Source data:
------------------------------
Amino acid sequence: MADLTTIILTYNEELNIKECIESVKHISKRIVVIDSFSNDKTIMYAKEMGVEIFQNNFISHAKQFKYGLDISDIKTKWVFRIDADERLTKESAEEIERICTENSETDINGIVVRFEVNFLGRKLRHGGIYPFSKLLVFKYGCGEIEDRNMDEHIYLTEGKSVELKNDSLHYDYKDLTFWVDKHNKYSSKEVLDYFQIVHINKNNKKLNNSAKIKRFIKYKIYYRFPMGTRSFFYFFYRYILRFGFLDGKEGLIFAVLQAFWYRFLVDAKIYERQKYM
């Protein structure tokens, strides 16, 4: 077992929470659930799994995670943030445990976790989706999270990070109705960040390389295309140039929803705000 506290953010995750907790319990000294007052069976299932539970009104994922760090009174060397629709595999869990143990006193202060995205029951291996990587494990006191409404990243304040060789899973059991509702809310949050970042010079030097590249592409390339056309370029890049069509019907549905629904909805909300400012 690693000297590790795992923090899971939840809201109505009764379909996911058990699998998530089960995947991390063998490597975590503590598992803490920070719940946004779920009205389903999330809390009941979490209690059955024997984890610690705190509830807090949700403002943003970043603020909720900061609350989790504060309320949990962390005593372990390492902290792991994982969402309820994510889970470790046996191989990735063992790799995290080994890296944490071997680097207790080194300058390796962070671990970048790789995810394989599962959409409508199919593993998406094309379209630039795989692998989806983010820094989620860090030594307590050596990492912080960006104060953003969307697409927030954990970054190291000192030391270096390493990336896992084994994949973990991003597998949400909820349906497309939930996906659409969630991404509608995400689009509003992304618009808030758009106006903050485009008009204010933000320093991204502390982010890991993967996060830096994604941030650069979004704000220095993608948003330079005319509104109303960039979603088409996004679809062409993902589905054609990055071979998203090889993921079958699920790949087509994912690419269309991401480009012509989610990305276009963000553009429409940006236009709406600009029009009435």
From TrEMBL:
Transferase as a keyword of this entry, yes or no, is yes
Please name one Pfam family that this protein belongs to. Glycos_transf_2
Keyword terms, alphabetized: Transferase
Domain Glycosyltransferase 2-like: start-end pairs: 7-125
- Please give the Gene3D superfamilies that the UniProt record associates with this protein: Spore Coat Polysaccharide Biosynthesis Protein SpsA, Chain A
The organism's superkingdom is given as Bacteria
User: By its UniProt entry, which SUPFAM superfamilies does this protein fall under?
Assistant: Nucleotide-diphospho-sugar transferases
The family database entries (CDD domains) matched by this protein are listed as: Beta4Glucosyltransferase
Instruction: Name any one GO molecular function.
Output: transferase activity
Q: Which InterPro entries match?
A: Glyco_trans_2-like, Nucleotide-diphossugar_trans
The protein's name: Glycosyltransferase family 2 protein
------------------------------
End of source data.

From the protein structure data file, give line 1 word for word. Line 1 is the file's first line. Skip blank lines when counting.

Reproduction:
Amino acid sequence: MADLTTIILTYNEELNIKECIESVKHISKRIVVIDSFSNDKTIMYAKEMGVEIFQNNFISHAKQFKYGLDISDIKTKWVFRIDADERLTKESAEEIERICTENSETDINGIVVRFEVNFLGRKLRHGGIYPFSKLLVFKYGCGEIEDRNMDEHIYLTEGKSVELKNDSLHYDYKDLTFWVDKHNKYSSKEVLDYFQIVHINKNNKKLNNSAKIKRFIKYKIYYRFPMGTRSFFYFFYRYILRFGFLDGKEGLIFAVLQAFWYRFLVDAKIYERQKYM